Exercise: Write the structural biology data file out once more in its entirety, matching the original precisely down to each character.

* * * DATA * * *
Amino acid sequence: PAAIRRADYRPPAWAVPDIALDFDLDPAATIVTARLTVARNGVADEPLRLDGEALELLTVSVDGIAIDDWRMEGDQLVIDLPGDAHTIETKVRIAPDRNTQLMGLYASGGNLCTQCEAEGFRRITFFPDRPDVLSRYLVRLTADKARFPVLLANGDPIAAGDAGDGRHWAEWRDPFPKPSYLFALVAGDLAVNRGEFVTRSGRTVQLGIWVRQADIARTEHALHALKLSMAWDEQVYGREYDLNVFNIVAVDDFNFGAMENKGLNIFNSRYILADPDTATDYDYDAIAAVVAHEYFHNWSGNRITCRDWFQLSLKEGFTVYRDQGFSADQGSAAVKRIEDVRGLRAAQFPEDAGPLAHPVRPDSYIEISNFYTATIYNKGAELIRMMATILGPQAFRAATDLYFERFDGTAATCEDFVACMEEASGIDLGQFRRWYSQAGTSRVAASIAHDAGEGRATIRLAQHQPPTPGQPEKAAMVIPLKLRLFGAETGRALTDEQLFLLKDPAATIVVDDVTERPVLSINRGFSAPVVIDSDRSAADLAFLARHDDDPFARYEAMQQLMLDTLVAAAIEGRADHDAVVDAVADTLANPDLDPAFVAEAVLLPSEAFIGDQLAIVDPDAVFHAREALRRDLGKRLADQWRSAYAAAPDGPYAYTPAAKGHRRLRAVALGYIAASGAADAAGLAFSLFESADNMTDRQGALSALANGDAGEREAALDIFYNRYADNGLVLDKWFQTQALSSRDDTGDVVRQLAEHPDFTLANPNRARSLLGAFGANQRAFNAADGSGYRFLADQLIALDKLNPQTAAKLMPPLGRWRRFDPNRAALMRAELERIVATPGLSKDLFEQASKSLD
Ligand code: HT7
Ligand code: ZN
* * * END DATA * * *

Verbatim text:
Amino acid sequence: PAAIRRADYRPPAWAVPDIALDFDLDPAATIVTARLTVARNGVADEPLRLDGEALELLTVSVDGIAIDDWRMEGDQLVIDLPGDAHTIETKVRIAPDRNTQLMGLYASGGNLCTQCEAEGFRRITFFPDRPDVLSRYLVRLTADKARFPVLLANGDPIAAGDAGDGRHWAEWRDPFPKPSYLFALVAGDLAVNRGEFVTRSGRTVQLGIWVRQADIARTEHALHALKLSMAWDEQVYGREYDLNVFNIVAVDDFNFGAMENKGLNIFNSRYILADPDTATDYDYDAIAAVVAHEYFHNWSGNRITCRDWFQLSLKEGFTVYRDQGFSADQGSAAVKRIEDVRGLRAAQFPEDAGPLAHPVRPDSYIEISNFYTATIYNKGAELIRMMATILGPQAFRAATDLYFERFDGTAATCEDFVACMEEASGIDLGQFRRWYSQAGTSRVAASIAHDAGEGRATIRLAQHQPPTPGQPEKAAMVIPLKLRLFGAETGRALTDEQLFLLKDPAATIVVDDVTERPVLSINRGFSAPVVIDSDRSAADLAFLARHDDDPFARYEAMQQLMLDTLVAAAIEGRADHDAVVDAVADTLANPDLDPAFVAEAVLLPSEAFIGDQLAIVDPDAVFHAREALRRDLGKRLADQWRSAYAAAPDGPYAYTPAAKGHRRLRAVALGYIAASGAADAAGLAFSLFESADNMTDRQGALSALANGDAGEREAALDIFYNRYADNGLVLDKWFQTQALSSRDDTGDVVRQLAEHPDFTLANPNRARSLLGAFGANQRAFNAADGSGYRFLADQLIALDKLNPQTAAKLMPPLGRWRRFDPNRAALMRAELERIVATPGLSKDLFEQASKSLD
Ligand code: HT7
Ligand code: ZN